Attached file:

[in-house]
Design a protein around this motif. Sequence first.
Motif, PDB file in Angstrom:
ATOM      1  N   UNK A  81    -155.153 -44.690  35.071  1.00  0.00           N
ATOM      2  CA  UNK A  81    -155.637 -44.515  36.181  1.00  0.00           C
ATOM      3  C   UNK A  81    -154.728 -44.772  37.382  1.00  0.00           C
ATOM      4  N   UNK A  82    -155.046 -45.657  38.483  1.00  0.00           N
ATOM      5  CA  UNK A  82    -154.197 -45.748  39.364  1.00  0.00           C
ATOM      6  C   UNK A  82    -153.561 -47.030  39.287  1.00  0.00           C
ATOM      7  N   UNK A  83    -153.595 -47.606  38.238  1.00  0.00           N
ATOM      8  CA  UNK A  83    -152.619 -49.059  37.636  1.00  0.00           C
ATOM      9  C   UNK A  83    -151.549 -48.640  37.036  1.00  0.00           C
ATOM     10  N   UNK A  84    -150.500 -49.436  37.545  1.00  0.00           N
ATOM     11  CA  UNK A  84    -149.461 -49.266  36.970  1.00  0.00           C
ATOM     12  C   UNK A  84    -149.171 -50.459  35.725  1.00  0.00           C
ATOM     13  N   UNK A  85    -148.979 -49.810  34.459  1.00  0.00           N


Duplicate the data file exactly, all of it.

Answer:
[in-house]
Design a protein around this motif. Sequence first.
Motif, PDB file in Angstrom:
ATOM      1  N   UNK A  81    -155.153 -44.690  35.071  1.00  0.00           N
ATOM      2  CA  UNK A  81    -155.637 -44.515  36.181  1.00  0.00           C
ATOM      3  C   UNK A  81    -154.728 -44.772  37.382  1.00  0.00           C
ATOM      4  N   UNK A  82    -155.046 -45.657  38.483  1.00  0.00           N
ATOM      5  CA  UNK A  82    -154.197 -45.748  39.364  1.00  0.00           C
ATOM      6  C   UNK A  82    -153.561 -47.030  39.287  1.00  0.00           C
ATOM      7  N   UNK A  83    -153.595 -47.606  38.238  1.00  0.00           N
ATOM      8  CA  UNK A  83    -152.619 -49.059  37.636  1.00  0.00           C
ATOM      9  C   UNK A  83    -151.549 -48.640  37.036  1.00  0.00           C
ATOM     10  N   UNK A  84    -150.500 -49.436  37.545  1.00  0.00           N
ATOM     11  CA  UNK A  84    -149.461 -49.266  36.970  1.00  0.00           C
ATOM     12  C   UNK A  84    -149.171 -50.459  35.725  1.00  0.00           C
ATOM     13  N   UNK A  85    -148.979 -49.810  34.459  1.00  0.00           N